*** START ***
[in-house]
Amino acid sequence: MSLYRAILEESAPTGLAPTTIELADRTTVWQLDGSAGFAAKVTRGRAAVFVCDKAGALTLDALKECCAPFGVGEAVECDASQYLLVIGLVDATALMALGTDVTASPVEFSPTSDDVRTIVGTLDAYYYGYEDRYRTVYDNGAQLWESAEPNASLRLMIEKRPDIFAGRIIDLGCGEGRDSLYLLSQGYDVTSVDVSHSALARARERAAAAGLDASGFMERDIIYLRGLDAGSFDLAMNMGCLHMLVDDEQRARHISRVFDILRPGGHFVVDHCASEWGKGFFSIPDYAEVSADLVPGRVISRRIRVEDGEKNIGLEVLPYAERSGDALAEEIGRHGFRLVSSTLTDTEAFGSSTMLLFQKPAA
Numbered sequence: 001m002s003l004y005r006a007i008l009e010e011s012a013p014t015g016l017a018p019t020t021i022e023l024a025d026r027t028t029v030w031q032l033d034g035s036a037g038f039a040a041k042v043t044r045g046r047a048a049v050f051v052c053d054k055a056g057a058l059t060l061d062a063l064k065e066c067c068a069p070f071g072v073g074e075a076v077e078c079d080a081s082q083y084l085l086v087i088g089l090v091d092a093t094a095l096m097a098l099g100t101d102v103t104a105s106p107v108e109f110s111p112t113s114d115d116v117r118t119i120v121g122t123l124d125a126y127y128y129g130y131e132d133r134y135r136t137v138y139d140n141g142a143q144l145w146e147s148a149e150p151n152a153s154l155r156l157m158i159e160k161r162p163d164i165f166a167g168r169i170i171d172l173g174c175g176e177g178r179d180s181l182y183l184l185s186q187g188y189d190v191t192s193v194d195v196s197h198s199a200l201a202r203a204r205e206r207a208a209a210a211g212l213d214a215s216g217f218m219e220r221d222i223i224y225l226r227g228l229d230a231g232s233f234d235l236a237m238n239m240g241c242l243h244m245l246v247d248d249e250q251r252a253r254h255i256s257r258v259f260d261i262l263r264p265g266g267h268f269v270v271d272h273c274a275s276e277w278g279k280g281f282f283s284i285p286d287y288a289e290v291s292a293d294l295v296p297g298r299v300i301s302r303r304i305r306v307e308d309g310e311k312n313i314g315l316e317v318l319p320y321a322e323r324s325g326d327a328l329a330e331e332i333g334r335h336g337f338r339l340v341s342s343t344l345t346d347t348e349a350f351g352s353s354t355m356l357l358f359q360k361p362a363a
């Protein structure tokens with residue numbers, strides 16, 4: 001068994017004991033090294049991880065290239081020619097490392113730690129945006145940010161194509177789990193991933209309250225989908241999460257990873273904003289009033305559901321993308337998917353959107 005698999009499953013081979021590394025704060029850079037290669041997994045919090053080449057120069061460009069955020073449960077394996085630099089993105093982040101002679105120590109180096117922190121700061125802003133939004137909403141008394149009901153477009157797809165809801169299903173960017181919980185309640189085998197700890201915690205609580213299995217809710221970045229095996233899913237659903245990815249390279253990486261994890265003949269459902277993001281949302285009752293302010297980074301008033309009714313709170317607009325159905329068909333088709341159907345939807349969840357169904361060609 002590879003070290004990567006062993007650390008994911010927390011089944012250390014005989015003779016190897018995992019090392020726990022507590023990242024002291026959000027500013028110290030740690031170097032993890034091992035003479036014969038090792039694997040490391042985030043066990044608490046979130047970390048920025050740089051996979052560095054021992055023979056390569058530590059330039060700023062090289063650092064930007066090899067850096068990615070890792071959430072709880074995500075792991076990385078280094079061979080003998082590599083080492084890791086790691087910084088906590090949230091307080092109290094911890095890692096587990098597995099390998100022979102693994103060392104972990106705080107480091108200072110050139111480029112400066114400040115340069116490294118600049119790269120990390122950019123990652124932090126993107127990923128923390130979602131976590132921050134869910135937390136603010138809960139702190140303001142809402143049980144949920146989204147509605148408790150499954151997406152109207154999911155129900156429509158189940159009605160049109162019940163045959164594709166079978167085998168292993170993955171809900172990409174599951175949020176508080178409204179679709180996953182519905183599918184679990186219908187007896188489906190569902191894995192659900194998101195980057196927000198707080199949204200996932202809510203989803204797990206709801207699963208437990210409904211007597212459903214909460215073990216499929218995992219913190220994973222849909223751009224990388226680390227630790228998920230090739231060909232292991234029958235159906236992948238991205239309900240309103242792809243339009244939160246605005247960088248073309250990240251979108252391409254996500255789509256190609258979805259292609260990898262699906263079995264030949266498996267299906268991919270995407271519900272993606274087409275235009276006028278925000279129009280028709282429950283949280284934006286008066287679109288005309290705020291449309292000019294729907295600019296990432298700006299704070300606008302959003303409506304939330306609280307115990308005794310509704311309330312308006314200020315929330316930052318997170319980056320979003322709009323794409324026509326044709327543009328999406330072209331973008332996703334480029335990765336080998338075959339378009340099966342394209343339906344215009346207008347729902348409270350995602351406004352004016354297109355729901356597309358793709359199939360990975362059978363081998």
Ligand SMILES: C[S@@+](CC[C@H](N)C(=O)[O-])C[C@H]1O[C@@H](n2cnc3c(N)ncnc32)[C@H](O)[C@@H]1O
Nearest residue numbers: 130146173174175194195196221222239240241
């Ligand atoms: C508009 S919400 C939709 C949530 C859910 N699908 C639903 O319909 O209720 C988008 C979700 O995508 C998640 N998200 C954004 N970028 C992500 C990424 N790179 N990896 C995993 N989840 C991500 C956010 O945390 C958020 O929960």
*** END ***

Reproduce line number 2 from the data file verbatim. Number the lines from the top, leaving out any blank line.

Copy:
Amino acid sequence: MSLYRAILEESAPTGLAPTTIELADRTTVWQLDGSAGFAAKVTRGRAAVFVCDKAGALTLDALKECCAPFGVGEAVECDASQYLLVIGLVDATALMALGTDVTASPVEFSPTSDDVRTIVGTLDAYYYGYEDRYRTVYDNGAQLWESAEPNASLRLMIEKRPDIFAGRIIDLGCGEGRDSLYLLSQGYDVTSVDVSHSALARARERAAAAGLDASGFMERDIIYLRGLDAGSFDLAMNMGCLHMLVDDEQRARHISRVFDILRPGGHFVVDHCASEWGKGFFSIPDYAEVSADLVPGRVISRRIRVEDGEKNIGLEVLPYAERSGDALAEEIGRHGFRLVSSTLTDTEAFGSSTMLLFQKPAA